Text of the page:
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The Start-Up of You

Mark Guterman and Dan King

Photo of man sleeping on computerIn a recent New York Times column, The Start-Up of You, Thomas L. Friedman wrote that employers today are looking for people “who not only have critical thinking skills to do the value-adding jobs that technology can’t, but also people who can invent, adapt, and reinvent their jobs everyday, in a market that changes faster than ever.”

We certainly agree, but find that this drive toward world-class skills and performance often leaves people exhausted and overwhelmed by the relentless struggle to stay competitive in the global market place. More people are feeling disengaged from their work than at any time in recent memory. And the future looks murky at best.

As a growing number of people seek meaning in their work and careers, they’re confronted by employers who demand more initiative, innovation and adaptability, creating one of the great laments in modern work places: “Meaningful work is key to my motivation and satisfaction and yet it seems to be vanishing as a real possibility.”

Amidst this reality, how can people cultivate and develop meaningful work? Will they drop out of organizations to start businesses more in line with their values and purpose? Will they give in to the demands of the market place and look to fulfill their meaning needs in other ways and places? Will they re-define what gives meaning to their work and lives?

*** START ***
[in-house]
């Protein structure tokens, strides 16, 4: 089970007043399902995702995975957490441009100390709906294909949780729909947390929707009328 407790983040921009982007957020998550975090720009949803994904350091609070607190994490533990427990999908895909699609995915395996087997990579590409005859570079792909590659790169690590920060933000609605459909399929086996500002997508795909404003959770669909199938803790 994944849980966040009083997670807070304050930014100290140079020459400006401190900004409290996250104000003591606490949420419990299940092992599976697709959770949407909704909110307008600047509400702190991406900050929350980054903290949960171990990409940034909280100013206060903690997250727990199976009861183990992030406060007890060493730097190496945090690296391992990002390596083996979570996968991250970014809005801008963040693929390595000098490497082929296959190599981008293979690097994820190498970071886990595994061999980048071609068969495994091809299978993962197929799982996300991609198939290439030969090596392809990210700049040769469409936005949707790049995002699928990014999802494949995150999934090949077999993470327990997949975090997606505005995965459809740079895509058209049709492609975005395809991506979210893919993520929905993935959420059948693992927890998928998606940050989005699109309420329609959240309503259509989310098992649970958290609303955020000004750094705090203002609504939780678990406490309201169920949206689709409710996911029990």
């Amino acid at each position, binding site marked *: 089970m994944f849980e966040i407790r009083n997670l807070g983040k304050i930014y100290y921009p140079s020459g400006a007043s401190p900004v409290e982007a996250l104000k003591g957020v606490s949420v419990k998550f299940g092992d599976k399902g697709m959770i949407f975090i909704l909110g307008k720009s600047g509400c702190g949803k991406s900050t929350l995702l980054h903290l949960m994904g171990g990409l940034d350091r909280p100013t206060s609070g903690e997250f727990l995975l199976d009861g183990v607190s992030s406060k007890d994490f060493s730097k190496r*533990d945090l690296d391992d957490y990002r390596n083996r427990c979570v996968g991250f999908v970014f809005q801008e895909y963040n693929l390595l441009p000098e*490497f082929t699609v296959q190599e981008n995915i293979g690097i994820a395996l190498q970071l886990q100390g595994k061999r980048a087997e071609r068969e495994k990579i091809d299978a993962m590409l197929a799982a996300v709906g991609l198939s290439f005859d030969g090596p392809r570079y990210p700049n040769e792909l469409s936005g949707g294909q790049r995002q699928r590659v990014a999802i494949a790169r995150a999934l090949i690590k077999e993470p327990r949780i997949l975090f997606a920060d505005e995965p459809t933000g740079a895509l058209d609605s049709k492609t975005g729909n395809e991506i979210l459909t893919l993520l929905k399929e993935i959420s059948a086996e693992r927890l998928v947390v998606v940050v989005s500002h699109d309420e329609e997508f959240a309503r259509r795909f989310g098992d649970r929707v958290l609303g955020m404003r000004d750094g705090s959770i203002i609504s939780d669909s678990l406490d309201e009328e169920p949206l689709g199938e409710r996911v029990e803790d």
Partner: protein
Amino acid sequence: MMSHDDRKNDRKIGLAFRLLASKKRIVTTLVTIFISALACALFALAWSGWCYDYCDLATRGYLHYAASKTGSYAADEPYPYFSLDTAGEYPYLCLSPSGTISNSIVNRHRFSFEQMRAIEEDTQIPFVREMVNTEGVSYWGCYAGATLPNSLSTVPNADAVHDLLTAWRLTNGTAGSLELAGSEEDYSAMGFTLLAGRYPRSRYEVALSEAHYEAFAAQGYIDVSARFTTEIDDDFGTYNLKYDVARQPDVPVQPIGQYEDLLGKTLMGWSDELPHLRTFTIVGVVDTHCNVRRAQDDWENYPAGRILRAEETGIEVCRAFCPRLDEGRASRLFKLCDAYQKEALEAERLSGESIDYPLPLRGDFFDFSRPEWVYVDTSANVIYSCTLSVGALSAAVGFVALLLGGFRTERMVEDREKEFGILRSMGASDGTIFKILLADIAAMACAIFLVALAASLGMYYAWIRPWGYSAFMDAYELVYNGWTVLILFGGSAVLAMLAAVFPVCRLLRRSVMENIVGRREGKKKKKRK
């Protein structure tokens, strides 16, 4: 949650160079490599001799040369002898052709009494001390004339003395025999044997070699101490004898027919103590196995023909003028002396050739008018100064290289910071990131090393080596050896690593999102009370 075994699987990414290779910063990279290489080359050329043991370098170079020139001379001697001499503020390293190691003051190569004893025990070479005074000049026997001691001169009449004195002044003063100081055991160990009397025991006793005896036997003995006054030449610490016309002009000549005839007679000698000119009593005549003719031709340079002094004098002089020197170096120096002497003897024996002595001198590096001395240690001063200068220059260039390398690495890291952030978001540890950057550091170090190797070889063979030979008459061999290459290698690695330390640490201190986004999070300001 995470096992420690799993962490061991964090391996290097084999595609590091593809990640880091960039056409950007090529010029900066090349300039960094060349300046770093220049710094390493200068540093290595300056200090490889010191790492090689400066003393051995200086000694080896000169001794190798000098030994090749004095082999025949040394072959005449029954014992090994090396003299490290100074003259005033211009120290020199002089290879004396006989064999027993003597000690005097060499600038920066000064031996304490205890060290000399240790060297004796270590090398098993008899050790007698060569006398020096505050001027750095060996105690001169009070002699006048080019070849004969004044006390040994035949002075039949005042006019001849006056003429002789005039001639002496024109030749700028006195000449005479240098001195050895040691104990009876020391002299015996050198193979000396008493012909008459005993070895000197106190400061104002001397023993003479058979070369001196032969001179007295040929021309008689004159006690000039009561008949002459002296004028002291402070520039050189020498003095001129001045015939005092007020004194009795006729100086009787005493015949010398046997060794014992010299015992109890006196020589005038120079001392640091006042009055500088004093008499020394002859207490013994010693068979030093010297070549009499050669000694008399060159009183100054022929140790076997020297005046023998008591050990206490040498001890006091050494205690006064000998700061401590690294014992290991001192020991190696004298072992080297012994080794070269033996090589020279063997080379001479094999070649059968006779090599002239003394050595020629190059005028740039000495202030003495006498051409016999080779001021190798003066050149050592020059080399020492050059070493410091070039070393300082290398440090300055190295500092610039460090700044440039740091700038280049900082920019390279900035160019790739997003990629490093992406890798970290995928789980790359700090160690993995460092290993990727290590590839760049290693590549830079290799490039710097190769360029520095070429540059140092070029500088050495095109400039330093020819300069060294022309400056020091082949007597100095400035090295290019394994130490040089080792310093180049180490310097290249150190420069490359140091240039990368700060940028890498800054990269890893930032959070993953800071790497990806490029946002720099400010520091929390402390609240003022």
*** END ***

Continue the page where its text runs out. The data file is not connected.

These are real-life questions with few, if any, definitive answers. We can, however, offer some rational perspective and guidance for moving toward a more meaningful future. First and foremost, whatever your work situation is, you must find a way to tie performance and development together. Here’s how:

  • Build on-going learning into your day to day experience at work. If your professional development is just an afterthought or if you’re waiting for your organization to define it for you, nothing will happen, and you’ll find yourself constantly wondering what’s missing.
  • Clarify your values and make sure they’re closely aligned with your personal and professional development. Know what matters to you above and beyond a paycheck.
  • Identify your strengths and leverage them so that you’re working in your own unique and brilliant way. The more you seek opportunities to employ what is best about you, the more meaning you will experience in your work.
  • Know your value proposition and package it in a way that continuously adds value to the work that you do. As you come to know and live out your value proposition, you’ll find that instead of being tired and discouraged, you’ll have ample energy and optimism for the challenges ahead.

Friedman suggests that for entrepreneurs, the motto has always been “differentiate or die.” Now, he says, that goes for all of us. You must build a meaningful work life that differentiates you and “adds value in a way no one else can.”

In Work as a Pilgrimage of Identity, poet and author, David Whyte, says that “a (meaningful) approach to work is probably the only way an individual can respond creatively to the high-temperature stress of modern work life without burning to a crisp in the heat.” The start-up of you, then, is not only a way to develop life-long employability, but also the surest path to a work life that has meaning along the way.

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